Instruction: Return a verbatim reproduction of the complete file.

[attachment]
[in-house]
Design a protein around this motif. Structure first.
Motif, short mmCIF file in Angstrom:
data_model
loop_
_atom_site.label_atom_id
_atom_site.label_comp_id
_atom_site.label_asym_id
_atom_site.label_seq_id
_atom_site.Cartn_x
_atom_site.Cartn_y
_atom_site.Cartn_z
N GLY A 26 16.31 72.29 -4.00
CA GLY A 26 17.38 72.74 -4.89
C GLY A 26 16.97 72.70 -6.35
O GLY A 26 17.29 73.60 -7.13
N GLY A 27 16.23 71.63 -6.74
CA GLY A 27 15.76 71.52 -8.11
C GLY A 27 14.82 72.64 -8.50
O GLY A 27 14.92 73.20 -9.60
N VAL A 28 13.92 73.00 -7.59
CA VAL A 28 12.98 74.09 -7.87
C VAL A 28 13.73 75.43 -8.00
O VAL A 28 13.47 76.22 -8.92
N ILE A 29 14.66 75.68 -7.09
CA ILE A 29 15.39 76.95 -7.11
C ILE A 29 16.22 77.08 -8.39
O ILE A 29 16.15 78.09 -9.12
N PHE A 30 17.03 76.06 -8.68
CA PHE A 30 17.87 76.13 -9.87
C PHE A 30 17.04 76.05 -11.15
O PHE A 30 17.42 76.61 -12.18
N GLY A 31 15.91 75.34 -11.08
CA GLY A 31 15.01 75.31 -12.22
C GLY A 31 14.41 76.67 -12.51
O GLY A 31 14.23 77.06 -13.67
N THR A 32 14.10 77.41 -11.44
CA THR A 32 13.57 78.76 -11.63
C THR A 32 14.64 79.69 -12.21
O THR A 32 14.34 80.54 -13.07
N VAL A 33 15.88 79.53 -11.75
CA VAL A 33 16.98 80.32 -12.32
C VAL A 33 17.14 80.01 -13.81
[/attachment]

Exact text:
[in-house]
Design a protein around this motif. Structure first.
Motif, short mmCIF file in Angstrom:
data_model
loop_
_atom_site.label_atom_id
_atom_site.label_comp_id
_atom_site.label_asym_id
_atom_site.label_seq_id
_atom_site.Cartn_x
_atom_site.Cartn_y
_atom_site.Cartn_z
N GLY A 26 16.31 72.29 -4.00
CA GLY A 26 17.38 72.74 -4.89
C GLY A 26 16.97 72.70 -6.35
O GLY A 26 17.29 73.60 -7.13
N GLY A 27 16.23 71.63 -6.74
CA GLY A 27 15.76 71.52 -8.11
C GLY A 27 14.82 72.64 -8.50
O GLY A 27 14.92 73.20 -9.60
N VAL A 28 13.92 73.00 -7.59
CA VAL A 28 12.98 74.09 -7.87
C VAL A 28 13.73 75.43 -8.00
O VAL A 28 13.47 76.22 -8.92
N ILE A 29 14.66 75.68 -7.09
CA ILE A 29 15.39 76.95 -7.11
C ILE A 29 16.22 77.08 -8.39
O ILE A 29 16.15 78.09 -9.12
N PHE A 30 17.03 76.06 -8.68
CA PHE A 30 17.87 76.13 -9.87
C PHE A 30 17.04 76.05 -11.15
O PHE A 30 17.42 76.61 -12.18
N GLY A 31 15.91 75.34 -11.08
CA GLY A 31 15.01 75.31 -12.22
C GLY A 31 14.41 76.67 -12.51
O GLY A 31 14.23 77.06 -13.67
N THR A 32 14.10 77.41 -11.44
CA THR A 32 13.57 78.76 -11.63
C THR A 32 14.64 79.69 -12.21
O THR A 32 14.34 80.54 -13.07
N VAL A 33 15.88 79.53 -11.75
CA VAL A 33 16.98 80.32 -12.32
C VAL A 33 17.14 80.01 -13.81